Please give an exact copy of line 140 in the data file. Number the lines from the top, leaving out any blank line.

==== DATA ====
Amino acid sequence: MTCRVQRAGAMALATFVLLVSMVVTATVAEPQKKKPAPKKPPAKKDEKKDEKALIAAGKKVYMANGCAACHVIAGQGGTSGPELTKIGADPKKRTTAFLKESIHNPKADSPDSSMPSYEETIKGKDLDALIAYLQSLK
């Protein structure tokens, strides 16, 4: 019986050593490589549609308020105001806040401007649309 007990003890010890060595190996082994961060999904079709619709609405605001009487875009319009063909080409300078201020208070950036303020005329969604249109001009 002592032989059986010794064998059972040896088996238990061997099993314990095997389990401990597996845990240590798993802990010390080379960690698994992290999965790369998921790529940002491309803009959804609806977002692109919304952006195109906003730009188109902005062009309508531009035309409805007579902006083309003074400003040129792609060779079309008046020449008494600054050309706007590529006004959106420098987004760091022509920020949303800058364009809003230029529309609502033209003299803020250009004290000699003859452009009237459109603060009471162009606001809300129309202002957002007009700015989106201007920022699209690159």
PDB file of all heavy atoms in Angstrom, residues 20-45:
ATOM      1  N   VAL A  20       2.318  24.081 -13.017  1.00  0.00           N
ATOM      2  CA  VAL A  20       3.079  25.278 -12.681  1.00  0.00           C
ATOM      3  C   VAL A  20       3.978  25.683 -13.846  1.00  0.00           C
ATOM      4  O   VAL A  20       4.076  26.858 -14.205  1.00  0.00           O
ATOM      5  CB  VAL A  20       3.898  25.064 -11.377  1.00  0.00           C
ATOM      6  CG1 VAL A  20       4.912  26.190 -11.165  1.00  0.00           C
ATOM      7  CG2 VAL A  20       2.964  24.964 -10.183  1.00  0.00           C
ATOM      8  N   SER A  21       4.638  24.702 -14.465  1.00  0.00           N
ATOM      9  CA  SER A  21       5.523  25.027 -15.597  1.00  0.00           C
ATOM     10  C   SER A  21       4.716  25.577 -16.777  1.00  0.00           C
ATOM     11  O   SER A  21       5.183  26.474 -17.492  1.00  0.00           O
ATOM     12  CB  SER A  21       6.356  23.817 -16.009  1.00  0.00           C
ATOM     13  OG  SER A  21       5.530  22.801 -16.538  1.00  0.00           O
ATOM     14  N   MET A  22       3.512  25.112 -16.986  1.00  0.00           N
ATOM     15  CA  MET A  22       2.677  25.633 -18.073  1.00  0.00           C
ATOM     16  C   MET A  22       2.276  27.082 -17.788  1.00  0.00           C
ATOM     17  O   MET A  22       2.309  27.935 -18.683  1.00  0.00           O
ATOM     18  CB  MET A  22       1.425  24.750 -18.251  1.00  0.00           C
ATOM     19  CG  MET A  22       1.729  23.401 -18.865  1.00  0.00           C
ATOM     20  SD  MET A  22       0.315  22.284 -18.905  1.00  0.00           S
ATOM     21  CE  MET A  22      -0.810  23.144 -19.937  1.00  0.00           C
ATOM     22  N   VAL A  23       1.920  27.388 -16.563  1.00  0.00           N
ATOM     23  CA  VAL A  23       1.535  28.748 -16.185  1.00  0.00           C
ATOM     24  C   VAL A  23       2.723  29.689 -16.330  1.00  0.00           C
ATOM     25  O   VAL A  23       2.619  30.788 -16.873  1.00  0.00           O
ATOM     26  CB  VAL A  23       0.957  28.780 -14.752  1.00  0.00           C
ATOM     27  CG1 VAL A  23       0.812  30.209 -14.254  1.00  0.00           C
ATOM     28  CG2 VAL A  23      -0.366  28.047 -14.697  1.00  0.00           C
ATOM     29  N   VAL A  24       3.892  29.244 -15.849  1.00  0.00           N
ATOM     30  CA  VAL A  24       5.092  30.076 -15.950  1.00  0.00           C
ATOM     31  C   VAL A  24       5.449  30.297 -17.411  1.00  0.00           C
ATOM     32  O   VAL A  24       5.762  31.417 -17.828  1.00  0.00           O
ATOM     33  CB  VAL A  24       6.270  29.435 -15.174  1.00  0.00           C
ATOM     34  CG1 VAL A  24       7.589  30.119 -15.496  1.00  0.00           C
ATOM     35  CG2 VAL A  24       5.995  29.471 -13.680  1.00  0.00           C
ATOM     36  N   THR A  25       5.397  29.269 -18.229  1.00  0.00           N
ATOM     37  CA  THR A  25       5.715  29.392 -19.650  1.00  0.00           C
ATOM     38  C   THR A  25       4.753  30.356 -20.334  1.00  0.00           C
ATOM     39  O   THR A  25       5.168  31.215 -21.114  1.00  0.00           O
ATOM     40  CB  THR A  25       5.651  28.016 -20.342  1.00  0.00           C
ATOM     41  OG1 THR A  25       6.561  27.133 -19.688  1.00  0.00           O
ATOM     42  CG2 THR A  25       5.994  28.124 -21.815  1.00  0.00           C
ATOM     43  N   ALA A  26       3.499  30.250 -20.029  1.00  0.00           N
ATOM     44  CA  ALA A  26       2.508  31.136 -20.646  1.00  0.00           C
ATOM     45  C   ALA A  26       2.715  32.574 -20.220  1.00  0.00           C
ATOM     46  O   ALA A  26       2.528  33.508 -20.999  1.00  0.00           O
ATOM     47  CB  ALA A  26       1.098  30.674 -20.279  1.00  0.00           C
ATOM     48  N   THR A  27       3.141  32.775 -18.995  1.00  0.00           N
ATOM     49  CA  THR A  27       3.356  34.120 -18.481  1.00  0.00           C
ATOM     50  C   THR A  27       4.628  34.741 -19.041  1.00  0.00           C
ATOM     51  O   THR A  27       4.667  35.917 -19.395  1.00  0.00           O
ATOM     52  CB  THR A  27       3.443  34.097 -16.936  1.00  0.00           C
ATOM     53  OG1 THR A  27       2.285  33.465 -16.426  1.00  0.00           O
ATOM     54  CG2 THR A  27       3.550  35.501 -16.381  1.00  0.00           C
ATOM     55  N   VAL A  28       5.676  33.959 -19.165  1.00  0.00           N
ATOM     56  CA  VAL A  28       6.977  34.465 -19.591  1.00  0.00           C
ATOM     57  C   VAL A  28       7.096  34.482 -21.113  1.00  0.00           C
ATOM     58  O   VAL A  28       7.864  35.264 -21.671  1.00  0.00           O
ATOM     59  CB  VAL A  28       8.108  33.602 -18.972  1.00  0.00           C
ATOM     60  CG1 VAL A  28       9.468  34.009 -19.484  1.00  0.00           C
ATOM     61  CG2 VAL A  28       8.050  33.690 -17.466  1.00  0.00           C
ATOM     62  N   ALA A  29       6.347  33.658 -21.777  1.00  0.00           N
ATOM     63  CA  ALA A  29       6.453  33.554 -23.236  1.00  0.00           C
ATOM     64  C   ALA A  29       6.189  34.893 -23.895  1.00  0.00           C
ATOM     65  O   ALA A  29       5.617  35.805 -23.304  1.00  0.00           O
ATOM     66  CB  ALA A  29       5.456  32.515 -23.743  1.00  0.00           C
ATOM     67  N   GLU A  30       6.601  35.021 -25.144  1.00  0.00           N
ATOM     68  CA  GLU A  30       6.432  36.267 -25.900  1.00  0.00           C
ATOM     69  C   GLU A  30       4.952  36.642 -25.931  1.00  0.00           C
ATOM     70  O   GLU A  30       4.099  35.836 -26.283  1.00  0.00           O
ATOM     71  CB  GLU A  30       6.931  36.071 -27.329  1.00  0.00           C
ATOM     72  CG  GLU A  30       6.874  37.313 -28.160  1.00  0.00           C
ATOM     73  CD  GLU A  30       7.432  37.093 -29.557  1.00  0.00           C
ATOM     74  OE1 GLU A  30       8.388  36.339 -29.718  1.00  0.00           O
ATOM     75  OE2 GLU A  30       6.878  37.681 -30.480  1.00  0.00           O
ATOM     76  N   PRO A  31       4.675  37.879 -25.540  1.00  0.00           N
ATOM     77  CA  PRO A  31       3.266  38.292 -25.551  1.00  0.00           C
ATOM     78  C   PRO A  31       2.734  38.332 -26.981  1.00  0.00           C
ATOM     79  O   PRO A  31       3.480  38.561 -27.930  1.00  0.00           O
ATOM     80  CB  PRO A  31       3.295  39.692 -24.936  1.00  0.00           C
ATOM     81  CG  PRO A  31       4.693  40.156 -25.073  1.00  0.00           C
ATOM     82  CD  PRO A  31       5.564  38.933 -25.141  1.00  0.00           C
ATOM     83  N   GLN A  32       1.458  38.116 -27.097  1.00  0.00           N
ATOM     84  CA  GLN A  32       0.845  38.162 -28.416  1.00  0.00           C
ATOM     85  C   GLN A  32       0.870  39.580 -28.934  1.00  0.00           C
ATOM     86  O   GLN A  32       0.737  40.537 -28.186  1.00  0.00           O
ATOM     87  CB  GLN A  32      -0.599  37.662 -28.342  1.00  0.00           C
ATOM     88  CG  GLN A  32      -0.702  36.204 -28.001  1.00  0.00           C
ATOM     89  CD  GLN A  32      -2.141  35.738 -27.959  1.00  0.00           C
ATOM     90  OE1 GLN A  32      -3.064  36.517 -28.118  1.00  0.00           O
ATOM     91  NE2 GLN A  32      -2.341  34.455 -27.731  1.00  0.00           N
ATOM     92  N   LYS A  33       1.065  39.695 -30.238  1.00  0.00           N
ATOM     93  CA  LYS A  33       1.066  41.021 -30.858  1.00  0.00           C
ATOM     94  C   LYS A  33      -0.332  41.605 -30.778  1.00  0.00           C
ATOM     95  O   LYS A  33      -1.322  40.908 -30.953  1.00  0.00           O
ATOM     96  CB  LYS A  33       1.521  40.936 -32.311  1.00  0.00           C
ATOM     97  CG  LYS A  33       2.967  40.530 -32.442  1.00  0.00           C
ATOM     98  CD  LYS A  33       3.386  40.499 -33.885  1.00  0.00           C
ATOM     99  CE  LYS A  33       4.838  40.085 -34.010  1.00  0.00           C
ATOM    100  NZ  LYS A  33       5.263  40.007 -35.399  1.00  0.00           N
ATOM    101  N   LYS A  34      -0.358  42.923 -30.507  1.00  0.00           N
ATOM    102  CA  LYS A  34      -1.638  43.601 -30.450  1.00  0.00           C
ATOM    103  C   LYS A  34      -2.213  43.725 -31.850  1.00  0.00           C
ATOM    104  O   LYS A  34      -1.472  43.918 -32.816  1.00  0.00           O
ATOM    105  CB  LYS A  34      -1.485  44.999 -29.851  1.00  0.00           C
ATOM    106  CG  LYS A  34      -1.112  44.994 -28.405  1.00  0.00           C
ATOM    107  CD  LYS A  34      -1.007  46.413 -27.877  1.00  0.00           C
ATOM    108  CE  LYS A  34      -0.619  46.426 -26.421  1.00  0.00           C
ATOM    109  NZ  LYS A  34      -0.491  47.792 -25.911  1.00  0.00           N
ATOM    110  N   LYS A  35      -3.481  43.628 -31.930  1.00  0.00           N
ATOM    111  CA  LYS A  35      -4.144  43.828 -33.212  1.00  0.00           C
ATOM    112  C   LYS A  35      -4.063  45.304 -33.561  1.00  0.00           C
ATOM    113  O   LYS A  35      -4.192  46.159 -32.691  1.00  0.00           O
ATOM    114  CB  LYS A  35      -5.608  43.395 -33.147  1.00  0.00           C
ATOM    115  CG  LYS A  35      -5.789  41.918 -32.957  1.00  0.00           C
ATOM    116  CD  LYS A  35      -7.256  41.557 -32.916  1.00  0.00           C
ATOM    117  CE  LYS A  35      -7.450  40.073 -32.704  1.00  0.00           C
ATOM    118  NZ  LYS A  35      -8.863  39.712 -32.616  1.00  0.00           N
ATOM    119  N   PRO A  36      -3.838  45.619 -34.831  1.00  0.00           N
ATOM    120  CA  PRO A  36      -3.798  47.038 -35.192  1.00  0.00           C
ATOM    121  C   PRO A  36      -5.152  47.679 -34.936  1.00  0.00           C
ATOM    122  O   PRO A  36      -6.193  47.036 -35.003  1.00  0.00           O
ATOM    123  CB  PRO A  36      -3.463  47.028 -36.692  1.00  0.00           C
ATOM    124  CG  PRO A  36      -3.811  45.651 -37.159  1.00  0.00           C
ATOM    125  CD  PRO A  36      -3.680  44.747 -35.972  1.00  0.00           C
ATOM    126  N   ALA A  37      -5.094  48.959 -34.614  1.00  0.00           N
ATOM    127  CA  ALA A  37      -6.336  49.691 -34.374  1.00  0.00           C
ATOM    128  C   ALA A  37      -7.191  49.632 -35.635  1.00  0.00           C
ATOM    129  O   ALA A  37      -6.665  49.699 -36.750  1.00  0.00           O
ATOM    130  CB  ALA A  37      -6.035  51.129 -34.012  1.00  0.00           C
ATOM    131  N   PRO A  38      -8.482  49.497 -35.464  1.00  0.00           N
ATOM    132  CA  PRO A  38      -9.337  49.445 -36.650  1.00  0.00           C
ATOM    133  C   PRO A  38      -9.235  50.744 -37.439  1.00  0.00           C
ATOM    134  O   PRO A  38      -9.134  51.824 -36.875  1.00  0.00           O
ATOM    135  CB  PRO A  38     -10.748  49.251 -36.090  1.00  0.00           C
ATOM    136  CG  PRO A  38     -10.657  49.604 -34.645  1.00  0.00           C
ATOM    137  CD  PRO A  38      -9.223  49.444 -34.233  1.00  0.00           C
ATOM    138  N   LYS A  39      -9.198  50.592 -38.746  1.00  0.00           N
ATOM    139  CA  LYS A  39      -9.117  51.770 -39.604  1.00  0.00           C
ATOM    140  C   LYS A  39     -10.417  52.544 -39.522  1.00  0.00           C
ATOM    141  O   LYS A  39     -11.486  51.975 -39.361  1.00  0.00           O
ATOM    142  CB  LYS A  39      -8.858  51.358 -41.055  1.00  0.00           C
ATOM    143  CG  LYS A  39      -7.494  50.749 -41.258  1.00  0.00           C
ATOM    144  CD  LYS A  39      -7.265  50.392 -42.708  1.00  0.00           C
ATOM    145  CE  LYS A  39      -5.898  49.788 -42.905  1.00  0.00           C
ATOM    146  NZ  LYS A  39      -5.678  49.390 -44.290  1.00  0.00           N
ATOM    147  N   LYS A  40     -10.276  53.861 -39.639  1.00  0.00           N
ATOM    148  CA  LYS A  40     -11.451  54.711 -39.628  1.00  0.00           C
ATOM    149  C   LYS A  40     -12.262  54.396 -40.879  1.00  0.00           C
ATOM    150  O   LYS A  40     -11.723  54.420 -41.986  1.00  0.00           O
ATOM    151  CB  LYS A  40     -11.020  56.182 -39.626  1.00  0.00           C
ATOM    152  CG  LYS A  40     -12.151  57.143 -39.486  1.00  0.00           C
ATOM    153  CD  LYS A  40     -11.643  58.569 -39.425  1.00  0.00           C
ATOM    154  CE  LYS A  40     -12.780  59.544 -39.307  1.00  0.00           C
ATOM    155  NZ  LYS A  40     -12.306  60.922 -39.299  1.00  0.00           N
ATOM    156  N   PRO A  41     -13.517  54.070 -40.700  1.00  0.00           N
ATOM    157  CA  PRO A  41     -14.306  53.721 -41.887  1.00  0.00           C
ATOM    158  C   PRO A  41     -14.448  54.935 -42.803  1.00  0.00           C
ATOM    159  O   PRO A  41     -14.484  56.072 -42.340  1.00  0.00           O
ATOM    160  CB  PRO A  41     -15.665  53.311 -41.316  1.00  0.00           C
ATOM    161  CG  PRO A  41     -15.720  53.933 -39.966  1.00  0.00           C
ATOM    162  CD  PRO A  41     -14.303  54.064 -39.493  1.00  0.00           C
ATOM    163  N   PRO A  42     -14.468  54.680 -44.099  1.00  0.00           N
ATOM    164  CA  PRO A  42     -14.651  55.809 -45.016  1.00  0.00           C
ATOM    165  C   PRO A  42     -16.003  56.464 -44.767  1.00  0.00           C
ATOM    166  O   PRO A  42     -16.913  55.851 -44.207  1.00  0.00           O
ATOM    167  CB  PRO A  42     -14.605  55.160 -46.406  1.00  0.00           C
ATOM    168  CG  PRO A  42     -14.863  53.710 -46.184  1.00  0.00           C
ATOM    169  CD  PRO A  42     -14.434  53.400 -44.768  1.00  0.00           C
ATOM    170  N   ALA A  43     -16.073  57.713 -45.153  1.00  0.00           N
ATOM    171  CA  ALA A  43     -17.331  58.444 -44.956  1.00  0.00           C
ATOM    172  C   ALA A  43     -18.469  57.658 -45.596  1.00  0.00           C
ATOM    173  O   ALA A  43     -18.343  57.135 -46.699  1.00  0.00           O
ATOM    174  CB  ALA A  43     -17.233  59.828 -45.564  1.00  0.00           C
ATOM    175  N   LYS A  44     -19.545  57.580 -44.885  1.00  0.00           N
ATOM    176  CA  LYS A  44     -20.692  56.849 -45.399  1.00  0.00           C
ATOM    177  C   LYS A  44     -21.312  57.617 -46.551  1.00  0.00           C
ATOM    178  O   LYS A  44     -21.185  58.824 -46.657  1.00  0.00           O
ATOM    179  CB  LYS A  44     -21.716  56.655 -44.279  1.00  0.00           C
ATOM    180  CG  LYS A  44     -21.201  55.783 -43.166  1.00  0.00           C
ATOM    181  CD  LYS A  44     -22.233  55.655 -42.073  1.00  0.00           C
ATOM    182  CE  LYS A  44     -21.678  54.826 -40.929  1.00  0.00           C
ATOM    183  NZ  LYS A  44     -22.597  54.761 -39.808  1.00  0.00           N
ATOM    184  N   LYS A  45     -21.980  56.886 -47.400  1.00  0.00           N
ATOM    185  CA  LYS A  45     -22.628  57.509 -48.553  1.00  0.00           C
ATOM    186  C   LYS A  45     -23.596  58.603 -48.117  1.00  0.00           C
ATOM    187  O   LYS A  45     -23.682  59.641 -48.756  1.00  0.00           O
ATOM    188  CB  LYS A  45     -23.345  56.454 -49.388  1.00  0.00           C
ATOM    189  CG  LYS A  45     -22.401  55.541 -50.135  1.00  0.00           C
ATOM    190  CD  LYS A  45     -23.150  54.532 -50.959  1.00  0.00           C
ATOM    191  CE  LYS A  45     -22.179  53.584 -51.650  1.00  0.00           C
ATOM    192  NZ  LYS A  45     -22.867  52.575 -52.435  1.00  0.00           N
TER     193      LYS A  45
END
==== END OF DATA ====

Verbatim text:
ATOM    137  CD  PRO A  38      -9.223  49.444 -34.233  1.00  0.00           C